Issue: 

The events of 1968 inspired a generation and shaped struggles around the world for years to come. Chris Harman, a student activist at the time, looks back at this tumultuous year

Occasionally one year can cast a spell over the decades that follow. 1968 was such a year. Supporters of capitalism still bemoan its impact 40 years on. Nicolas Sarkozy on the eve of his election declared he aimed to eradicate the "harm" that it had done. Before him it had been Tony Blair who blamed "the 1960s" for what he sees as the ills of society today.

Workers' unity in the face of Enoch Powell's racism

Issue section: 
Issue: 
Author: 

Socialists watched in despair when dockers and building workers marched in support of Enoch Powell's "rivers of blood" speech. But the tide turned and a few years later dockers were marching for Grunwick strikers.

This year the left will be commemorating the events of May 1968, when students and workers rose up in Paris.

But those events were preceded in Britain by a dismal affair. The gutter press and right wing politicians launched a huge campaign against Asian families fleeing persecution in East Africa. The Labour government and nearly all the Labour MPs joined in. They pushed a bill through parliament in just one day, removing the right of Asians to enter this country even through they held British passports.

The state of imperialism

Issue section: 
Issue: 
Author: 

If, as some people on the left claim, the term "imperialism" is out of date, who are the world's multinationals depending on to defend their interests?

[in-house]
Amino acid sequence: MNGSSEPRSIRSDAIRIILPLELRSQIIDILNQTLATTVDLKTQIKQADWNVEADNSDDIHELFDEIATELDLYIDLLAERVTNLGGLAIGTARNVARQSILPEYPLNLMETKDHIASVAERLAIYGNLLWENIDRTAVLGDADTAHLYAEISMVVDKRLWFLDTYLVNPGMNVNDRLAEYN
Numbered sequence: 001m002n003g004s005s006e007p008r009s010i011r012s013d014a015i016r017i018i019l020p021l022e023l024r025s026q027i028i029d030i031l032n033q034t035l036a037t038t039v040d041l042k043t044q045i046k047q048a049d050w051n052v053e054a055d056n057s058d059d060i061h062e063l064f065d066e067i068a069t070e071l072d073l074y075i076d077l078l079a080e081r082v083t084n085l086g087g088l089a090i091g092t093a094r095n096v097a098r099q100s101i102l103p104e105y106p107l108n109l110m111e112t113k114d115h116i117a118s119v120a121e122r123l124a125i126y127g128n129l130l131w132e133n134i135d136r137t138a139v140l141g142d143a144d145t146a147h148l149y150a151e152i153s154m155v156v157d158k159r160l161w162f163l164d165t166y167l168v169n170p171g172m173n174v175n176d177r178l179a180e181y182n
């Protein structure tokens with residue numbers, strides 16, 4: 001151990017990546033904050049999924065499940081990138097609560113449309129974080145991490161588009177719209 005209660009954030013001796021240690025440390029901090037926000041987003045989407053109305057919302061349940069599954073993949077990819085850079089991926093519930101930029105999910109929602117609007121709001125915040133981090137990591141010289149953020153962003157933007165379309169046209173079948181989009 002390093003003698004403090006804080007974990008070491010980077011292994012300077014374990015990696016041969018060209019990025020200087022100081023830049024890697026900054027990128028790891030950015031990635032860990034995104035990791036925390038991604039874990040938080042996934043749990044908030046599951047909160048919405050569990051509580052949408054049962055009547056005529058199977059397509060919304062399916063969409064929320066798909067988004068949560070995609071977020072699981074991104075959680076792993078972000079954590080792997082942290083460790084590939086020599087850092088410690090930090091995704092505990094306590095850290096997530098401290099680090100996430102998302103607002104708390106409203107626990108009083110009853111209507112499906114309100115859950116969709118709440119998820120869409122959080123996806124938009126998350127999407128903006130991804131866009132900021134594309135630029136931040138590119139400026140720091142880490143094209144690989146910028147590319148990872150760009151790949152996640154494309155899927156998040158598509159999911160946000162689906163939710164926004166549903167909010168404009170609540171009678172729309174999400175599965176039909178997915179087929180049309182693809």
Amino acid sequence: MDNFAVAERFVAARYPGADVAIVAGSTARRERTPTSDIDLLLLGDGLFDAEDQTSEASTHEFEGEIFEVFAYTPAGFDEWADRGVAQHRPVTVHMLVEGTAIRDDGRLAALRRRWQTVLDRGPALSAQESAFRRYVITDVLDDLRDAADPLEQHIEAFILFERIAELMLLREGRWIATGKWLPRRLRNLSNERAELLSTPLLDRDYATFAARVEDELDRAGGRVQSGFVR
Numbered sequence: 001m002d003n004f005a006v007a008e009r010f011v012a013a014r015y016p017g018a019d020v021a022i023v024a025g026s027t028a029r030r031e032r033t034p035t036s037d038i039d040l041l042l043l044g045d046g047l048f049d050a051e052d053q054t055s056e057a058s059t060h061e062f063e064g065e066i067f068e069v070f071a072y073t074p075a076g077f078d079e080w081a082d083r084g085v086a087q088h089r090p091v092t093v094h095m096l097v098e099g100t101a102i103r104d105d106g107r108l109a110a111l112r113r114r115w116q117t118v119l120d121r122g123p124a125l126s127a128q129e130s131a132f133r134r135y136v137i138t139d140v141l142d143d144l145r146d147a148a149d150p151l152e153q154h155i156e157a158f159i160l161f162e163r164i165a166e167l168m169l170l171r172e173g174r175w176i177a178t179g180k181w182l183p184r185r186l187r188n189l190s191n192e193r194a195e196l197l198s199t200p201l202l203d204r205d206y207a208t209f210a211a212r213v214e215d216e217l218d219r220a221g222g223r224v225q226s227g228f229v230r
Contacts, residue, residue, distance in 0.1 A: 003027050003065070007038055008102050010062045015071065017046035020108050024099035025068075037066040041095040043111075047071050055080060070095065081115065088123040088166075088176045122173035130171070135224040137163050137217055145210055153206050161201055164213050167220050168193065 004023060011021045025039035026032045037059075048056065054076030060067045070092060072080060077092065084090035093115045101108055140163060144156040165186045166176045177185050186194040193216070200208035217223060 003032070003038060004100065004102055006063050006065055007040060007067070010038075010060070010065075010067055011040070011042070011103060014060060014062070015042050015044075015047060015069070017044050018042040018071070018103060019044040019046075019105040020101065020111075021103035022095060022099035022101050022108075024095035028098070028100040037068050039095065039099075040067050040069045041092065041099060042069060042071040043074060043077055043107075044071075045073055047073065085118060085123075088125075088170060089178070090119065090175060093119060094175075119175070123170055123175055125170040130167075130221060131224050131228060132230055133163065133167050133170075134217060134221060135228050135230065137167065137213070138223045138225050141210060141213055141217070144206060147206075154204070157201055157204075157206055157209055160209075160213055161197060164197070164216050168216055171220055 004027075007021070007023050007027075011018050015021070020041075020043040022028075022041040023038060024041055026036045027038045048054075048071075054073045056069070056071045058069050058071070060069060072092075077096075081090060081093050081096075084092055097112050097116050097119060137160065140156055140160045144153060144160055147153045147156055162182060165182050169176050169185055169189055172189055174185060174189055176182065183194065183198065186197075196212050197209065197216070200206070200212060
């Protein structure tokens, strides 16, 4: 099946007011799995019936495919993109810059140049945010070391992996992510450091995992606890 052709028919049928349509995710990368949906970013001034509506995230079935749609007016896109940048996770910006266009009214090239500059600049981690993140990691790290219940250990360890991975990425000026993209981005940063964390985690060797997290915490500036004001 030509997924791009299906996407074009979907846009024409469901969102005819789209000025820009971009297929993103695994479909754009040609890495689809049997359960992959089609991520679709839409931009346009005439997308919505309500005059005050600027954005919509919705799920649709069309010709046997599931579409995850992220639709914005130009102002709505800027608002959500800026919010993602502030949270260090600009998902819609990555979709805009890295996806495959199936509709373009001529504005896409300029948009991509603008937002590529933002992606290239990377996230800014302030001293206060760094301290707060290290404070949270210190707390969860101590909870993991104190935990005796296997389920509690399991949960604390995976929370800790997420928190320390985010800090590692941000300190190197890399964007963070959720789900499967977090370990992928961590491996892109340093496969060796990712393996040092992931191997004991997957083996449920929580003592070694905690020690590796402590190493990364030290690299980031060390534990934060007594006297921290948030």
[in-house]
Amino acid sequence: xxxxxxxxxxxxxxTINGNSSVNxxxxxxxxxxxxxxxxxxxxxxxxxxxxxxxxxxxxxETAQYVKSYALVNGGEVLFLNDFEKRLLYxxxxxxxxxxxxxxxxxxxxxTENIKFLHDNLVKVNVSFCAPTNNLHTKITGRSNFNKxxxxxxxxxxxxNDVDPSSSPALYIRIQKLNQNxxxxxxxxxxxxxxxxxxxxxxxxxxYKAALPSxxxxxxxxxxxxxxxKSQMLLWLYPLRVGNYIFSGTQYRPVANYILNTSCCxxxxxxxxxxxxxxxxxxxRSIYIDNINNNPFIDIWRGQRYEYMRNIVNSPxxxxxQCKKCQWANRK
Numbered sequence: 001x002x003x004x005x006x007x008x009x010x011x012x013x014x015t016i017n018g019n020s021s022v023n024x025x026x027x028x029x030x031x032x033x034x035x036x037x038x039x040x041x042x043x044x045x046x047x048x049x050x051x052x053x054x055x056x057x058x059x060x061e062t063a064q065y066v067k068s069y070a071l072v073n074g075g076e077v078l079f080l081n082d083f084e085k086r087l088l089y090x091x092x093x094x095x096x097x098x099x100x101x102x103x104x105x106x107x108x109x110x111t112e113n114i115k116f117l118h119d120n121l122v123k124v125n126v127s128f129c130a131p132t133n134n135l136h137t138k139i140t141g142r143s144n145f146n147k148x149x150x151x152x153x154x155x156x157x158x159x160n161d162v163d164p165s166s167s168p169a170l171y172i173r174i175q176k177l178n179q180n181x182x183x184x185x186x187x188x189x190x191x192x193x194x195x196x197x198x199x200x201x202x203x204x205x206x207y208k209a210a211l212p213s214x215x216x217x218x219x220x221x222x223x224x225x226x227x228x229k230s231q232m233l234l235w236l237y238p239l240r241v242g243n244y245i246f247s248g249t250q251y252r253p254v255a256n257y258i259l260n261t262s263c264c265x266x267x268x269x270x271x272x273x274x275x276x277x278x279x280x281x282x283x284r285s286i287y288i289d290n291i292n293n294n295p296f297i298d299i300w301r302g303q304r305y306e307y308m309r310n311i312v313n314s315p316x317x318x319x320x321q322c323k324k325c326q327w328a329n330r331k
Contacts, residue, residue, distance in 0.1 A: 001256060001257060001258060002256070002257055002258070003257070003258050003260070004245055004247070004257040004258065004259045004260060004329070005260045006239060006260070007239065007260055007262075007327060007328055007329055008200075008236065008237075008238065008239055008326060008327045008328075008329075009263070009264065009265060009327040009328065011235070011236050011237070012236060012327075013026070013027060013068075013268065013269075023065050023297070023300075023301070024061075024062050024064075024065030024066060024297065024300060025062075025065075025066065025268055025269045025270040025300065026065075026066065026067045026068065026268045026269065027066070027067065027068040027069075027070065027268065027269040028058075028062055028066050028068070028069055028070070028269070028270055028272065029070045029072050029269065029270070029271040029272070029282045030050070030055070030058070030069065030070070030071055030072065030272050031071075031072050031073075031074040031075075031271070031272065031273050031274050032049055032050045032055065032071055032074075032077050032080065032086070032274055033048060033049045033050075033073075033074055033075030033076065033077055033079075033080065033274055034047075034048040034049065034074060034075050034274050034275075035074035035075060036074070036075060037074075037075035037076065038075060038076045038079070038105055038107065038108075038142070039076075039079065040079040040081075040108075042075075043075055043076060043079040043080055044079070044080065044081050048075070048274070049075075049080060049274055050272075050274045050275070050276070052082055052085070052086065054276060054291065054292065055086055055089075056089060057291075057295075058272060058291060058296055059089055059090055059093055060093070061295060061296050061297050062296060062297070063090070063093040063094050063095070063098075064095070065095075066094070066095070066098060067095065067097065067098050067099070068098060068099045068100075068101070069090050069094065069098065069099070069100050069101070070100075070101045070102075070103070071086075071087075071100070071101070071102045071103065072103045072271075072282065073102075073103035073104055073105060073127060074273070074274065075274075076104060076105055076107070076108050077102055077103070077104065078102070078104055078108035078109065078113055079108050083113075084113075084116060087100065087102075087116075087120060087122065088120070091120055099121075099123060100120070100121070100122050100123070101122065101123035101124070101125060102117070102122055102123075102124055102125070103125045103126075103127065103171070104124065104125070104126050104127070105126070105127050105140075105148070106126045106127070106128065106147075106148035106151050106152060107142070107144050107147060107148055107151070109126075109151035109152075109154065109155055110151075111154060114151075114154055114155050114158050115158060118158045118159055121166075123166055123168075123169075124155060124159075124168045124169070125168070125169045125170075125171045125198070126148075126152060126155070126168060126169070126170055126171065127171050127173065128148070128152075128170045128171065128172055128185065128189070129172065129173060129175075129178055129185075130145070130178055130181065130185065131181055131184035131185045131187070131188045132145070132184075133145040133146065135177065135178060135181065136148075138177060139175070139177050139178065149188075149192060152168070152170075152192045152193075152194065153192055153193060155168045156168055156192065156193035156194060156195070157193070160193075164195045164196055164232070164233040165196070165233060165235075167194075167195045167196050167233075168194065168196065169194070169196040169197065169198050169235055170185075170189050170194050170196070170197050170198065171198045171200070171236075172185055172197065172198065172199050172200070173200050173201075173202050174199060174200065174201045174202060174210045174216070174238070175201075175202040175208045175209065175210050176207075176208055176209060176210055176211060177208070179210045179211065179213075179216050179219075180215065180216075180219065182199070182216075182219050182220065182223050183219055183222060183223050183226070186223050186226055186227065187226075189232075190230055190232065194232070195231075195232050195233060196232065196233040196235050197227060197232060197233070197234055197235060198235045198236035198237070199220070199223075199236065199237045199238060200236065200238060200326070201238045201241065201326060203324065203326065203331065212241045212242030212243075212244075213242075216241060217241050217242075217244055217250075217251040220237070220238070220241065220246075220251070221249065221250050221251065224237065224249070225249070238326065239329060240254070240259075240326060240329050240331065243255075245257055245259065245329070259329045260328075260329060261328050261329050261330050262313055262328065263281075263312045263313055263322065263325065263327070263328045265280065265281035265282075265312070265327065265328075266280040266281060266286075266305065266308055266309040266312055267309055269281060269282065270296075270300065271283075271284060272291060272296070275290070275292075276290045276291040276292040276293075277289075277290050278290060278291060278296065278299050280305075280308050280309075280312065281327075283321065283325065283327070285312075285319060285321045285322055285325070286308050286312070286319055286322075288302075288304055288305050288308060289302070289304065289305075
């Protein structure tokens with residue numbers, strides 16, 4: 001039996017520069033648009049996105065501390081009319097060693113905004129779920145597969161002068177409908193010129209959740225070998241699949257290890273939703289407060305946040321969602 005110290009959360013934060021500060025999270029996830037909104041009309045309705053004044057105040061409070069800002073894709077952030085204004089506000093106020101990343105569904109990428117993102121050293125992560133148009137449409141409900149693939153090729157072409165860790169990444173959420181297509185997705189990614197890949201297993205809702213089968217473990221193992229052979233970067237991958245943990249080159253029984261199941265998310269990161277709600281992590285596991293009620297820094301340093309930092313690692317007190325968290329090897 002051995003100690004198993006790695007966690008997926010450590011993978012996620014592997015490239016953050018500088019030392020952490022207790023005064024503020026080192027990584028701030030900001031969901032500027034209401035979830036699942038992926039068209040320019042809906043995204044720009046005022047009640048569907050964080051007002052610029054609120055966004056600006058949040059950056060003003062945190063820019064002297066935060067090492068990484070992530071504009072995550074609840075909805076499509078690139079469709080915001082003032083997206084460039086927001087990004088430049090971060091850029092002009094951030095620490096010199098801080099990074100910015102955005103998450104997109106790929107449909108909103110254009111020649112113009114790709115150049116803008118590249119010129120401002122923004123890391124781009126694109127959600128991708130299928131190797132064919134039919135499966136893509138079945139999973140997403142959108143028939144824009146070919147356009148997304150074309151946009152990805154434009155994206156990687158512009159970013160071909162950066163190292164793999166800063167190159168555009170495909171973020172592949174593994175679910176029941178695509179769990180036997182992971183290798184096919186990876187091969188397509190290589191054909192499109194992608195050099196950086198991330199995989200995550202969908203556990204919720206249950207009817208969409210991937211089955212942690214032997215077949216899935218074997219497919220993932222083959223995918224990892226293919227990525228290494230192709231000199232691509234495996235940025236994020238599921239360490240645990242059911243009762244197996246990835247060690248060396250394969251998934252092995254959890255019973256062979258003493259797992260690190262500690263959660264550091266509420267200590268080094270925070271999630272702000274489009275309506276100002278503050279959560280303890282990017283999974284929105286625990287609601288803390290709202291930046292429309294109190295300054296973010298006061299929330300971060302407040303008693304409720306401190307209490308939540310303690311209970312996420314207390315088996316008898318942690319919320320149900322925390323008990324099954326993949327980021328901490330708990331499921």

A snippet of news can occasionally lift the veil off the real motives behind high politics. One such snippet was buried on the inside pages of the Guardian last month. It revealed details about breakfast meetings held in Downing Street in 2003 between Tony Blair and the ten-strong "Multinational Chairmen's Group", which included the heads of BP, Unilever, Vodafone, HSBC and Shell. They were invited to tell the prime minister how government policies affected British based international companies and air their grievances.

Economic crisis: Capitalism exposed

Issue section: 
Author: 

Every time economic crises develop they are described as aberrations in an otherwise rational and balanced system. Chris Harman looks at the roots and implications of the recent credit crunch, and explains why crises are in fact an intrinsic feature of capitalism.

"Investors are no longer worried whether certain banks have enough cash. They are worried about the risk of a US or even a global recession." So the Financial Times summed up the fear of those who live off capitalist profits on 18 January.

Mainstream economic commentators agree on one thing: the crisis that began in one section of the financial system last summer could be about to create chaos through much of the capitalist system which they support.

No saviours or substitutes

Issue section: 
Issue: 
Author: 

The words of the Internationale strike a chord for all socialists who believe society can only be transformed from below. It is a message that could not be more urgent than for today's working class in Venezuela and Bolivia.

No saviour from on high delivers
No faith have we in prince or peer.

So runs the second verse of the socialist anthem the Internationale. It is rarely sung in Britain. But the message is very important.

Pages

Subscribe to RSS - Chris Harman